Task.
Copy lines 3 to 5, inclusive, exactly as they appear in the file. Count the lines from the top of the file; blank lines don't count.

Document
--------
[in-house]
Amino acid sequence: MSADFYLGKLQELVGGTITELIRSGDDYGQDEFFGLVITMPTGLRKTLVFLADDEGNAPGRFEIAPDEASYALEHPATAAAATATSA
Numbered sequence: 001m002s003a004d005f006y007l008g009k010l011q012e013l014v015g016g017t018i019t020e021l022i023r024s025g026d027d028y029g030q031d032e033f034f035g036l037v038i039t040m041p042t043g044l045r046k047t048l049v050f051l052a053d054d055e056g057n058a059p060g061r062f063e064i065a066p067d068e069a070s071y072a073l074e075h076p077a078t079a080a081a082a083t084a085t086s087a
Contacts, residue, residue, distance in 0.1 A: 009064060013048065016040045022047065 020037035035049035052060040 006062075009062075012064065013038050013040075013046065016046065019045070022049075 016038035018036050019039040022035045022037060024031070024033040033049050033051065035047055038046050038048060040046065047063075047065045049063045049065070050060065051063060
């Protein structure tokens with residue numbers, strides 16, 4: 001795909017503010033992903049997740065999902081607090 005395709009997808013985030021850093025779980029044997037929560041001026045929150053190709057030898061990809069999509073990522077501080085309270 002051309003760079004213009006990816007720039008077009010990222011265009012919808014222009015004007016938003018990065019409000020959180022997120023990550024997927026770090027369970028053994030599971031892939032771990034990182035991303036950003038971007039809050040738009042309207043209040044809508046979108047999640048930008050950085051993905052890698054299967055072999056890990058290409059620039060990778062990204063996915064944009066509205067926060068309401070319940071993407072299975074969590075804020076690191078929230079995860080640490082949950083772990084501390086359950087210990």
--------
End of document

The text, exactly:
Numbered sequence: 001m002s003a004d005f006y007l008g009k010l011q012e013l014v015g016g017t018i019t020e021l022i023r024s025g026d027d028y029g030q031d032e033f034f035g036l037v038i039t040m041p042t043g044l045r046k047t048l049v050f051l052a053d054d055e056g057n058a059p060g061r062f063e064i065a066p067d068e069a070s071y072a073l074e075h076p077a078t079a080a081a082a083t084a085t086s087a
Contacts, residue, residue, distance in 0.1 A: 009064060013048065016040045022047065 020037035035049035052060040 006062075009062075012064065013038050013040075013046065016046065019045070022049075 016038035018036050019039040022035045022037060024031070024033040033049050033051065035047055038046050038048060040046065047063075047065045049063045049065070050060065051063060
């Protein structure tokens with residue numbers, strides 16, 4: 001795909017503010033992903049997740065999902081607090 005395709009997808013985030021850093025779980029044997037929560041001026045929150053190709057030898061990809069999509073990522077501080085309270 002051309003760079004213009006990816007720039008077009010990222011265009012919808014222009015004007016938003018990065019409000020959180022997120023990550024997927026770090027369970028053994030599971031892939032771990034990182035991303036950003038971007039809050040738009042309207043209040044809508046979108047999640048930008050950085051993905052890698054299967055072999056890990058290409059620039060990778062990204063996915064944009066509205067926060068309401070319940071993407072299975074969590075804020076690191078929230079995860080640490082949950083772990084501390086359950087210990």